“We’re going to try to have the same approach that we had last season. We are going to try to finish races and run in the top 15 all the time. We are going to preach all the same things we did last year, and stay realistic about what we can do.”

“It’s amazing to see how well these four teams are working together preparing for this season,” added Gordon.

On the legal side, Hendrick executives said they were confident the legal maneuvering consistent with a messy divorce would not compromise the efforts of the organization in 2003. Nor would the demands of Brooke Gordon’s lawyers put any confidential information at risk of becoming public.

The next to the last stop in the tour involved a return trip to the University Hilton for a chat with Joe Gibbs, Jimmy Makar, Greg Zipadelli and Michael McSwain. Tony Stewart arrived late but did not short the media of any time, staying to answer every question put to him.

Makar, now in a redefined role as General Manager, will oversee the efforts of both Zipadelli and McSwain. Makar will ensure that both crew chiefs can spend as much time as possible dealing directly with the race cars.

“This off season has been a lot different for me,” Makar said. “A lot of the time has been spent trying to figure out what my new role is. It’s been fun creating my own job, which is basically what we have been doing.”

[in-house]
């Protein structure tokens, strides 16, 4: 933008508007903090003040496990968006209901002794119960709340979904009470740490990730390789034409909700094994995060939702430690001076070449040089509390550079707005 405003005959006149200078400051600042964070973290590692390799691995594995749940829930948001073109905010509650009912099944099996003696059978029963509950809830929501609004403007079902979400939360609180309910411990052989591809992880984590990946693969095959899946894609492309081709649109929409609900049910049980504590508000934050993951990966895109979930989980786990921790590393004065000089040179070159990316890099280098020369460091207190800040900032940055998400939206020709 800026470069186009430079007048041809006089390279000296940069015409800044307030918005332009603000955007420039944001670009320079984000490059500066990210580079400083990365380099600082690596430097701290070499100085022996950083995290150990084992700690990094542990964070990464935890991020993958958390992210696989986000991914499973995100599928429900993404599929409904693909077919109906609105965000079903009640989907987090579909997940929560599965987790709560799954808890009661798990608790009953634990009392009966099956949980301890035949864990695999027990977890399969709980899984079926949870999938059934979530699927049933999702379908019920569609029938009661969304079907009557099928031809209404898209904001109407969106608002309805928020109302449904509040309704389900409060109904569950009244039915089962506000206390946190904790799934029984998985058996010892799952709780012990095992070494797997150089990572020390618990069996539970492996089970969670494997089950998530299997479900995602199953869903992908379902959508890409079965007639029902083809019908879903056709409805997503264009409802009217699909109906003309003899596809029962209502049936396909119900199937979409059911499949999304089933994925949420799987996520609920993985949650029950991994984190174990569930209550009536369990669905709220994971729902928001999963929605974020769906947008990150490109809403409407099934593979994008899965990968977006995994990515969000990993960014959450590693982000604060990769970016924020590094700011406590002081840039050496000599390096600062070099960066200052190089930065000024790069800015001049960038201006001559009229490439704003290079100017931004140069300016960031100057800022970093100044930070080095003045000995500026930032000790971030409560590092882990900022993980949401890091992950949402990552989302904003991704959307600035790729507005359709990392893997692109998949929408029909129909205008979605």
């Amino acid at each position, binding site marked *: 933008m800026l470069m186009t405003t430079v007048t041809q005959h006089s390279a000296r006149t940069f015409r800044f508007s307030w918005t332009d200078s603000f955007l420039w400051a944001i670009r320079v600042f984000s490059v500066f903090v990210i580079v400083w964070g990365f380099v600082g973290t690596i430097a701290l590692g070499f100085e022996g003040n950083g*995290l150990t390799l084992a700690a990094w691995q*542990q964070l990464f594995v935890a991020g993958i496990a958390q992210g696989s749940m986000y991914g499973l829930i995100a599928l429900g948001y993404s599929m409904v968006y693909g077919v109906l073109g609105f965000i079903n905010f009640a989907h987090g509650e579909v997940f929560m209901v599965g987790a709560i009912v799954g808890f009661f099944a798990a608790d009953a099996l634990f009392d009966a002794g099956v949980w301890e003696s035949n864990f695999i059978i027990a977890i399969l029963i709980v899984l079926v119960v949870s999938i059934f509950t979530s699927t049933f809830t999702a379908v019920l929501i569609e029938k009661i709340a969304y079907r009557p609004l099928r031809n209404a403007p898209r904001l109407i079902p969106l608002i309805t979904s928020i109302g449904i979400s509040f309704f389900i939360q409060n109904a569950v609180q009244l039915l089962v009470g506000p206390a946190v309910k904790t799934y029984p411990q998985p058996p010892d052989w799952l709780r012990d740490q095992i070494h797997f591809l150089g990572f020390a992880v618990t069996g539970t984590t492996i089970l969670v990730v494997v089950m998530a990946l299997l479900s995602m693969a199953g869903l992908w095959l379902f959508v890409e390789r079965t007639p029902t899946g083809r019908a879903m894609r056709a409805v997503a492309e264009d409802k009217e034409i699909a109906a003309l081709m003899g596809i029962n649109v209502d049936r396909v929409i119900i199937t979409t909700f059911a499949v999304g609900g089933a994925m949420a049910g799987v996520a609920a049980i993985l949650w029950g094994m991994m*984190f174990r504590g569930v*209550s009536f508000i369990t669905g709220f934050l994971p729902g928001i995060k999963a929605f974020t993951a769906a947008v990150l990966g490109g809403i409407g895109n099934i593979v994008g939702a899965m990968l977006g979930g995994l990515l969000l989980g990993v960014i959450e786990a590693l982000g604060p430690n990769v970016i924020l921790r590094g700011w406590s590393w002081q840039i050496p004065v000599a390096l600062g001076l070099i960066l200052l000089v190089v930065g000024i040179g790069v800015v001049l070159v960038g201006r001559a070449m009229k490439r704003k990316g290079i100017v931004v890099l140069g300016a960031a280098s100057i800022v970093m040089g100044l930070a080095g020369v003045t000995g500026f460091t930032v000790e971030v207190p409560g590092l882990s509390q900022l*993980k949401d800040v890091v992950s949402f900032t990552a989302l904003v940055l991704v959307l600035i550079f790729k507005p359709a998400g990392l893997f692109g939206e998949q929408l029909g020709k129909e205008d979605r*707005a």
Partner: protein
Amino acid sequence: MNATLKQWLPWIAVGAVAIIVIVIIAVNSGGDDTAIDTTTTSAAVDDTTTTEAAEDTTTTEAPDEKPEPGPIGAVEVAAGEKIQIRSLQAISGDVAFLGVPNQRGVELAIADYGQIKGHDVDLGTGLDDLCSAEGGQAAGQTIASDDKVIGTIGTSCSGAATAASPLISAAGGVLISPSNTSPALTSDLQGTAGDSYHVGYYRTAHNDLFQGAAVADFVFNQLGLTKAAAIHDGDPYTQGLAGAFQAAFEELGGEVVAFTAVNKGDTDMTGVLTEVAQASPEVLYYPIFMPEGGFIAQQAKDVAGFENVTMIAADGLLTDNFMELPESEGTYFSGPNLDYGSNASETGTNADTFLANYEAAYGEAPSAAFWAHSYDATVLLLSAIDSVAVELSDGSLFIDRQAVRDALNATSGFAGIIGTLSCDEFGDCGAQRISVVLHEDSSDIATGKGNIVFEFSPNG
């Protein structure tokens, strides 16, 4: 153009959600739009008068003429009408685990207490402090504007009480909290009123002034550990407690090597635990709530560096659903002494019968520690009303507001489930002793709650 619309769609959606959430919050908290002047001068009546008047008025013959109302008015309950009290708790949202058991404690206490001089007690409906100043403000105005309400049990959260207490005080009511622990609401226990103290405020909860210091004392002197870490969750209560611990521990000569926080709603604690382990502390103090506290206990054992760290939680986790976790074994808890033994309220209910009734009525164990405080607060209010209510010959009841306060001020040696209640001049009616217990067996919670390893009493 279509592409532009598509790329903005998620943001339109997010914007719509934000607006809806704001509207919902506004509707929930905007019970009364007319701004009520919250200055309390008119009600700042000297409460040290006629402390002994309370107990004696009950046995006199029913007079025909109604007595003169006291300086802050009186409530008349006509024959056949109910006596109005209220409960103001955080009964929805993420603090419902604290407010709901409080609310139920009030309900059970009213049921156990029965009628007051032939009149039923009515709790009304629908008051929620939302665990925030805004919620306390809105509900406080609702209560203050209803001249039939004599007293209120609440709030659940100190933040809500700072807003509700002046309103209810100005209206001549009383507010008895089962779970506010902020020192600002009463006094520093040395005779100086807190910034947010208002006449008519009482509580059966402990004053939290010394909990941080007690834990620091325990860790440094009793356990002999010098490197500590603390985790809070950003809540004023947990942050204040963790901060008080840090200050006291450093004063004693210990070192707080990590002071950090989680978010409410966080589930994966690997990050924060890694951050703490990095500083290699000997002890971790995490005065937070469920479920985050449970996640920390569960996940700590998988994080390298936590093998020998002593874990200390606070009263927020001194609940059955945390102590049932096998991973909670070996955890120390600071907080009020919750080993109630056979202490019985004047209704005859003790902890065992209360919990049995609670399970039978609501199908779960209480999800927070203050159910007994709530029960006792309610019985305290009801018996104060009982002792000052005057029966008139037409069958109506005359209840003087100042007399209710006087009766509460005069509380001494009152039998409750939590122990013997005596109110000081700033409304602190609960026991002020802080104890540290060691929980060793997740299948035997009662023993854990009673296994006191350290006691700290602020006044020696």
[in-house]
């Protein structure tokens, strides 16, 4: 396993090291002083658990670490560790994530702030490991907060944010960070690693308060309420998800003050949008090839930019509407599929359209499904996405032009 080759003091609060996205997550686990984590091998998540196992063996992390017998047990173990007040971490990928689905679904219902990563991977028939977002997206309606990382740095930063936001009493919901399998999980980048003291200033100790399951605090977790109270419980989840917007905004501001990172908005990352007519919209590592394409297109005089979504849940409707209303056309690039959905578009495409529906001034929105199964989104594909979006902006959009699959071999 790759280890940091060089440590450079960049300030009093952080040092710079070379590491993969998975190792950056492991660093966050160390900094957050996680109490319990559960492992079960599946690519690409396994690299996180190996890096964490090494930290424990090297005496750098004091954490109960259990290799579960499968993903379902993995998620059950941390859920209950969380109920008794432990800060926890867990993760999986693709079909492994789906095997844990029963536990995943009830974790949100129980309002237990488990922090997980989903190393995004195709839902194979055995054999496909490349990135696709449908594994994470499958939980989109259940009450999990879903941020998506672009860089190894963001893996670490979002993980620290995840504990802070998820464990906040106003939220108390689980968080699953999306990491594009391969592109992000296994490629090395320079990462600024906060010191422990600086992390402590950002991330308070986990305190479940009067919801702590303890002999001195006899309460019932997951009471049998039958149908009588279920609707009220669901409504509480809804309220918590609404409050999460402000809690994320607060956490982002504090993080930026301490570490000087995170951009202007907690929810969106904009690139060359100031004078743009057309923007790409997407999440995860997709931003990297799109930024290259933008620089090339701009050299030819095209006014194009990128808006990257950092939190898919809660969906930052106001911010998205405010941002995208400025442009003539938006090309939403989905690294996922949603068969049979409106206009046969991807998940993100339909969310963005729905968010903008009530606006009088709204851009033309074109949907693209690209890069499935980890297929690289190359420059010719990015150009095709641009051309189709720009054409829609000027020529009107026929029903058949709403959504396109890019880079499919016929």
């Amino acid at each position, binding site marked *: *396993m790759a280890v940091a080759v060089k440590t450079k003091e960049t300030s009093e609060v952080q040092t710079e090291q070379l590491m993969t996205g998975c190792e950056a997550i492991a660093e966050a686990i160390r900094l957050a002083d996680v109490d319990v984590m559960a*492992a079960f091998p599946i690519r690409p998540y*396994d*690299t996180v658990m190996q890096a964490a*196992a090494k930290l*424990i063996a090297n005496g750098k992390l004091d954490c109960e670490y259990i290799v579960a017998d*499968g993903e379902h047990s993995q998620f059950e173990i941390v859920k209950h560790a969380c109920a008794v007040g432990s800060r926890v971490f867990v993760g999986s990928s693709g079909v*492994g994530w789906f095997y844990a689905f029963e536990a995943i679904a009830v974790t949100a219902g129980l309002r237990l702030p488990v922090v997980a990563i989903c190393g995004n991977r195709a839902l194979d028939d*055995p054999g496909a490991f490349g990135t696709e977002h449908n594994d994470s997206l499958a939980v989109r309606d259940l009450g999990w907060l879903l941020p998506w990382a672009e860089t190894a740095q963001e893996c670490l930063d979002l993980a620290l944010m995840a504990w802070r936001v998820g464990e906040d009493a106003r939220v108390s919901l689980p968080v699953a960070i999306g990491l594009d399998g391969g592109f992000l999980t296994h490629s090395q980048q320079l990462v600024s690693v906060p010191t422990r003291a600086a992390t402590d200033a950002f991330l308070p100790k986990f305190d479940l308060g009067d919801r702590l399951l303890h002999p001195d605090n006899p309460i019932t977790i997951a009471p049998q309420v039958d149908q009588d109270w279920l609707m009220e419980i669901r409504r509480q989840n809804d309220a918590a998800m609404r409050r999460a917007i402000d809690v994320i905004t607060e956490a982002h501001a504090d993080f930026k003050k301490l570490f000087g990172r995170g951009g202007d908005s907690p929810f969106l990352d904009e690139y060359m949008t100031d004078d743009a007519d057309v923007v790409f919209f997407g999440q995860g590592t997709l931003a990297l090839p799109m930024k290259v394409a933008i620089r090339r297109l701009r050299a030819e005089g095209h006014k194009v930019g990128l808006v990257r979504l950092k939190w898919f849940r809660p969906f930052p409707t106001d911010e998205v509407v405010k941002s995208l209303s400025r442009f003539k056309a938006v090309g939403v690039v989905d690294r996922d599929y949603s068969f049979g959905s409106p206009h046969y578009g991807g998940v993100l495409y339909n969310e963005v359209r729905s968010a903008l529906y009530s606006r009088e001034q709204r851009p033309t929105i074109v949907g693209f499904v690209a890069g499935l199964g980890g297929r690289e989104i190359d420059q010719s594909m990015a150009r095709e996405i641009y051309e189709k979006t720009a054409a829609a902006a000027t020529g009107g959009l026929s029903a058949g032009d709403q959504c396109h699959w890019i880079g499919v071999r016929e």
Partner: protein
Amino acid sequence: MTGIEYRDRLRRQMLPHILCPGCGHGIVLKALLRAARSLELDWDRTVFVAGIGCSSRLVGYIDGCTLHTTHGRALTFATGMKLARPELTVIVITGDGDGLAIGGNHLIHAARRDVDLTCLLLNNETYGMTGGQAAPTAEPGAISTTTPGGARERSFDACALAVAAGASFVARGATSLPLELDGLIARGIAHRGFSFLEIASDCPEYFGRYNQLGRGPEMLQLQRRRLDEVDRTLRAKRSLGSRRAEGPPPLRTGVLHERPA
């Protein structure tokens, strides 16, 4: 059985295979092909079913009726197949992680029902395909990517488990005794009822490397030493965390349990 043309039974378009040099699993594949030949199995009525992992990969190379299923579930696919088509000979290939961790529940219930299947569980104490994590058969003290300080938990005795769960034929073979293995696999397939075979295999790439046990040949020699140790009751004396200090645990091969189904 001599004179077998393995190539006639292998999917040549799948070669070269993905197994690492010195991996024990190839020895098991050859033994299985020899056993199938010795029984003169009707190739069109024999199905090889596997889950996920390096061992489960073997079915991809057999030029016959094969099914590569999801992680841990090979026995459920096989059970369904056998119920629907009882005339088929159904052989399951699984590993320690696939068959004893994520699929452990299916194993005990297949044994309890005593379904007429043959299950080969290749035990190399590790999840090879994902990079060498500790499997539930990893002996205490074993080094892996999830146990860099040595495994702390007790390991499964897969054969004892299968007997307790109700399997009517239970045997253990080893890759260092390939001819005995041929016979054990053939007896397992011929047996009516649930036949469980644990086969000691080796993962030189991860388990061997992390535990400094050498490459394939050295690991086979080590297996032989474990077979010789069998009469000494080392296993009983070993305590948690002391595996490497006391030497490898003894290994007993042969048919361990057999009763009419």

One thing Makar has not yet done is sit down with Zipadelli and discuss the demands of defending a Winston Cup title.

“We haven’t done that yet,” admitted Makar. “But, in the next week or so Zip and I will go off into a corner by ourselves and I’ll try to tell him what to expect and how he might avoid the pitfalls that can ruin a season because of the demands of being the champion. The key is to just do your deal. Do what got you here and forget about the distractions.”

Joe Gibbs, owner of Joe Gibbs Racing, gave the press something to think about when he said two many multi-car teams are bad for the sport.

“The best thing for this sport is to have 43 HEALTHY race teams out there on the race track clawing and scratching at each of for the win every time the green flag waves. We don’t need just a few teams here and there dominating the sport,” said Gibbs.

The tour ended with a stop at Rusty Wallace, Inc. with Rusty Wallace and Ryan Newman.

Wallace made the most interesting comment of the night when he admitted he had finally bought into the technology and race cars.

“It was about three-fifths of the way through the year last year that I admitted all this engineering was something we needed to be doing. So Billy Wilburn and myself we bought into what Ryan Newman Matt Borland were doing with their cars,” said Wallace.

Later in the evening Wallace admitted he probably wouldn’t drive past the year 2005 and his hopes were that his younger son, Steven, would be the driver to fill his shoes.

“Patty thinks I am bringing him along to quickly but he is tearing up the track in the Legends cars and his schoolwork is really good. So, I really hope he’ll be the one to fill the seat when I step aside.”

The author can be contacted nascar@autoracing1.com